HIV is present in the blood, sexual fluids and breast milk of people who are infected with the virus. It is passed on when these infected fluids get into another person’s system. You can contract HIV by:
- Having unprotected sexual intercourse with someone who is infected
- Sharing needles or body piercing equipment with someone who is infected
- Being given a transfusion of infected blood
- Allowing infected fluids to get into a cut or sore anywhere on your body
- Babies born to HIV positive women can be infected during pregnancy and birth, or through breast feeding
HIV is present in the saliva of an infected person, but not in quantities sufficient to transmit infection. Once infected fluids have dried, the risk of them transmitting the virus is considered to be close to zero. The key methods of preventing the transmission of HIV are by not having sex with anyone who is, or may be, HIV positive, or by using latex condoms. Latex condoms are essentially impermeable to HIV-sized particles. If used properly and consistently, they are considered highly effective in reducing the risk of transmission – although no protective method other than abstinence is 100% safe. Injecting drug users can reduce the risk of contracting HIV by not sharing needles.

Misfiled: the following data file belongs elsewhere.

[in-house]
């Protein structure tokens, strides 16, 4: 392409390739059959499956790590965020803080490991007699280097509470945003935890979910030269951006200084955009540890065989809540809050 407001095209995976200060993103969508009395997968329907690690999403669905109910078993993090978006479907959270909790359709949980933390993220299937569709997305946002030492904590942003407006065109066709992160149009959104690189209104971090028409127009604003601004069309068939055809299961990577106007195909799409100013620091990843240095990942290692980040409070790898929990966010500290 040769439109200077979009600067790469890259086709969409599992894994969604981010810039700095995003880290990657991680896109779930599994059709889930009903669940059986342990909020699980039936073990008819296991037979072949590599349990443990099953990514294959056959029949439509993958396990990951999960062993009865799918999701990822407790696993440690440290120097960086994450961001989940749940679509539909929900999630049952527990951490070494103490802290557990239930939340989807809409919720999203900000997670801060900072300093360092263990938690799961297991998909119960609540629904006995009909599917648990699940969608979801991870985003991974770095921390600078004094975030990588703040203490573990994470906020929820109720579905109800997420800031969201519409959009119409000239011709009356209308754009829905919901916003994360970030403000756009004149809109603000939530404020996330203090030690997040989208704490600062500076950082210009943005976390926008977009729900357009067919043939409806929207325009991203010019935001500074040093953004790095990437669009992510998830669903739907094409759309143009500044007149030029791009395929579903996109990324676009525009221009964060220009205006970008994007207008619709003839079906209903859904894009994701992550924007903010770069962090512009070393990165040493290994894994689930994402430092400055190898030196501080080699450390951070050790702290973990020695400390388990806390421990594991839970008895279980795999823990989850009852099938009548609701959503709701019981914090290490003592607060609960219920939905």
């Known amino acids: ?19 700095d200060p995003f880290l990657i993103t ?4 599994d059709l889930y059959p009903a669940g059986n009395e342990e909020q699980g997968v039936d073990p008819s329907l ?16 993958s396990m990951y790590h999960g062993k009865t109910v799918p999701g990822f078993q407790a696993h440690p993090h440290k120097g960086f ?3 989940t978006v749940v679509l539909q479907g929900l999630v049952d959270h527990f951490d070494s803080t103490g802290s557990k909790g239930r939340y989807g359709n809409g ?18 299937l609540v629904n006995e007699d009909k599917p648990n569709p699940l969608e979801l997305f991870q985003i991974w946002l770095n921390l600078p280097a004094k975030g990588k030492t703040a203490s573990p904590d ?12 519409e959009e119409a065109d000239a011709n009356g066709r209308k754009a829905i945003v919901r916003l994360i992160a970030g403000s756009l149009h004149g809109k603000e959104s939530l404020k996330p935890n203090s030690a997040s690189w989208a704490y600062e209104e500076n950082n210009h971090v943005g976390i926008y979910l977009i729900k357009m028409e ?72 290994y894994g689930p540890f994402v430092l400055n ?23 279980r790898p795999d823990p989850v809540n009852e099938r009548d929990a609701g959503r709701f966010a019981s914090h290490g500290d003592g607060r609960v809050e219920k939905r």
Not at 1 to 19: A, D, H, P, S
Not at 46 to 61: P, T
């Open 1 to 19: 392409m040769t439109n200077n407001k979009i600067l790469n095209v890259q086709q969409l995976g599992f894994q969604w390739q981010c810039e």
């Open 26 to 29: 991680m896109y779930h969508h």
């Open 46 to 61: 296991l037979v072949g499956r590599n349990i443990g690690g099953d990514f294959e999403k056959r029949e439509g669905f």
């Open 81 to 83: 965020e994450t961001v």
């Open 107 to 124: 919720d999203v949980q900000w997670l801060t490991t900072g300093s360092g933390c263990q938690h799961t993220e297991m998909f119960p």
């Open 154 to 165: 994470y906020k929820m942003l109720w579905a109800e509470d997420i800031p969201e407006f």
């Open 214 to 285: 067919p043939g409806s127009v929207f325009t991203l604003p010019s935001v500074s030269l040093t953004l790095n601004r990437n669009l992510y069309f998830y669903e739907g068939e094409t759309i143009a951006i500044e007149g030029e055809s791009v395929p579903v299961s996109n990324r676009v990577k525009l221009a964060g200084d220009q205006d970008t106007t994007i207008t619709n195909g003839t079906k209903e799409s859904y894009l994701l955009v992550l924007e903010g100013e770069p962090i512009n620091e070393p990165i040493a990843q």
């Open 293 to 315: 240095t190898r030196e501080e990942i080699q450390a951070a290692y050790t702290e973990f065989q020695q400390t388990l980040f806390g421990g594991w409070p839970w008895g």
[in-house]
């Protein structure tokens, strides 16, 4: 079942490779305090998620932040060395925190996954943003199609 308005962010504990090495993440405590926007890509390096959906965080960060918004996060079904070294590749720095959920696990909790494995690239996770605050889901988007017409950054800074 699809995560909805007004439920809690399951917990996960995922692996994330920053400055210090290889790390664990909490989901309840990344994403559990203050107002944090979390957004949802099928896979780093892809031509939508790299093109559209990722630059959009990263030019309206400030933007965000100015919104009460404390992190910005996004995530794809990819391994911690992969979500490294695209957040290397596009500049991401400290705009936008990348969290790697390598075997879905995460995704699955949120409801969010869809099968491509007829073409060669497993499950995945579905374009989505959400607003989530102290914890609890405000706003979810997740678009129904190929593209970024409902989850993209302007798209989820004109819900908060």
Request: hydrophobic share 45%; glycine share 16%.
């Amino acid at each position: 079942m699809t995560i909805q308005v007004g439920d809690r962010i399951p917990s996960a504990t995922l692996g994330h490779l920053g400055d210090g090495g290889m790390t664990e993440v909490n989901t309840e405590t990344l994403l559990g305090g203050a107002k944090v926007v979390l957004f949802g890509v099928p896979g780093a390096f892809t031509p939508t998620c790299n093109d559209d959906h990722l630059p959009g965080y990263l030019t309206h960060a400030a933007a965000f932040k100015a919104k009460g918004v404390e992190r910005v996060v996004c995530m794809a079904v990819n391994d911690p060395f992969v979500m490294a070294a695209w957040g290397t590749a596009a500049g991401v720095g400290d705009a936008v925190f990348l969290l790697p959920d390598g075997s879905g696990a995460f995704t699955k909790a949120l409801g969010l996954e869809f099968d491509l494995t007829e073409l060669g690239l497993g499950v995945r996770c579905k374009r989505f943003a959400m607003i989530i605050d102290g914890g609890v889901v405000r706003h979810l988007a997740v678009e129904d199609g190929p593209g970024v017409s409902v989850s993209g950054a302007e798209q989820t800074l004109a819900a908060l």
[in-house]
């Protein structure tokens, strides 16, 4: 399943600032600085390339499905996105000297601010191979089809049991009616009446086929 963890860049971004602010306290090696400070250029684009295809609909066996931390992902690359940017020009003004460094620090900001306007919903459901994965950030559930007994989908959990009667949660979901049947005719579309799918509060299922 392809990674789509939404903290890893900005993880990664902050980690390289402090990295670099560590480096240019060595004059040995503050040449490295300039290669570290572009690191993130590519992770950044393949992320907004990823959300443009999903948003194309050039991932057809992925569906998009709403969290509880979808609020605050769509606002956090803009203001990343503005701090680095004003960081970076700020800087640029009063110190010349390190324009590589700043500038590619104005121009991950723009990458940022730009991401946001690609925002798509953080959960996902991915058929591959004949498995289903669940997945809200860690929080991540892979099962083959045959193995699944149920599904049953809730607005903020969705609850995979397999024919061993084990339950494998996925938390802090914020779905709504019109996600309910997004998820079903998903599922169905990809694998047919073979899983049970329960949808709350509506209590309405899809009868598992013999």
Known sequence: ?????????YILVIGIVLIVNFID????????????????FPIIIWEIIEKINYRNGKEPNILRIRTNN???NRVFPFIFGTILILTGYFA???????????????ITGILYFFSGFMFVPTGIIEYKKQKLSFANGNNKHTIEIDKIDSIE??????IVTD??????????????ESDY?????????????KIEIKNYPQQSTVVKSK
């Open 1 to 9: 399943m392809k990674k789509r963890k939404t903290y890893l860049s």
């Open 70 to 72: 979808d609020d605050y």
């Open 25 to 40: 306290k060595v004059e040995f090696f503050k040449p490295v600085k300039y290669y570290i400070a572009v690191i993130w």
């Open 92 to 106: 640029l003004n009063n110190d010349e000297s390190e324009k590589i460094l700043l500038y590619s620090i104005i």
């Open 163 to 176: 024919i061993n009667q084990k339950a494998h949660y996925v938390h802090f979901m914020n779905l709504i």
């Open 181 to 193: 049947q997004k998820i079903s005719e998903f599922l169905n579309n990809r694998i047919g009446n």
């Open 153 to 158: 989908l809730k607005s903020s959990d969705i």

For further information on HIV/AIDS visit the information resources page of the Terrence Higgins Trust website at: